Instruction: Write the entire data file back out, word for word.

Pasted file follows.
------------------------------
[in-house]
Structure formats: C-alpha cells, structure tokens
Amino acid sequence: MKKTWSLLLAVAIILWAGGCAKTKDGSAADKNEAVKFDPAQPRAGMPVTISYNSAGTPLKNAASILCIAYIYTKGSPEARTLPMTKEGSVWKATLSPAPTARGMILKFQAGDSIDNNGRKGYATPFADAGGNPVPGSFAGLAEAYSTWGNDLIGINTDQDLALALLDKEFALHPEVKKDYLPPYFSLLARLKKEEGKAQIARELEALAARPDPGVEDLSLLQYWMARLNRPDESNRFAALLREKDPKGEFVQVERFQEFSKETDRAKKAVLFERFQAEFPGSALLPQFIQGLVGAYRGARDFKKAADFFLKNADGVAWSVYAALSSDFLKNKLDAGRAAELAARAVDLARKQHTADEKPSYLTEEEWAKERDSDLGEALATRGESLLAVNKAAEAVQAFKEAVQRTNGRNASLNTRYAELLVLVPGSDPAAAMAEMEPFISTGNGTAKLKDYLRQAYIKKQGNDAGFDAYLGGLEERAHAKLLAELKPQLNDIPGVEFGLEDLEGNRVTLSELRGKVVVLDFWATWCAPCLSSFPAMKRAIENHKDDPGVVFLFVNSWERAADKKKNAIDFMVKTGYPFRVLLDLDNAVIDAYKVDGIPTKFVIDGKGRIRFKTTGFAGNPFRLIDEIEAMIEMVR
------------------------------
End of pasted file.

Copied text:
[in-house]
Structure formats: C-alpha cells, structure tokens
Amino acid sequence: MKKTWSLLLAVAIILWAGGCAKTKDGSAADKNEAVKFDPAQPRAGMPVTISYNSAGTPLKNAASILCIAYIYTKGSPEARTLPMTKEGSVWKATLSPAPTARGMILKFQAGDSIDNNGRKGYATPFADAGGNPVPGSFAGLAEAYSTWGNDLIGINTDQDLALALLDKEFALHPEVKKDYLPPYFSLLARLKKEEGKAQIARELEALAARPDPGVEDLSLLQYWMARLNRPDESNRFAALLREKDPKGEFVQVERFQEFSKETDRAKKAVLFERFQAEFPGSALLPQFIQGLVGAYRGARDFKKAADFFLKNADGVAWSVYAALSSDFLKNKLDAGRAAELAARAVDLARKQHTADEKPSYLTEEEWAKERDSDLGEALATRGESLLAVNKAAEAVQAFKEAVQRTNGRNASLNTRYAELLVLVPGSDPAAAMAEMEPFISTGNGTAKLKDYLRQAYIKKQGNDAGFDAYLGGLEERAHAKLLAELKPQLNDIPGVEFGLEDLEGNRVTLSELRGKVVVLDFWATWCAPCLSSFPAMKRAIENHKDDPGVVFLFVNSWERAADKKKNAIDFMVKTGYPFRVLLDLDNAVIDAYKVDGIPTKFVIDGKGRIRFKTTGFAGNPFRLIDEIEAMIEMVR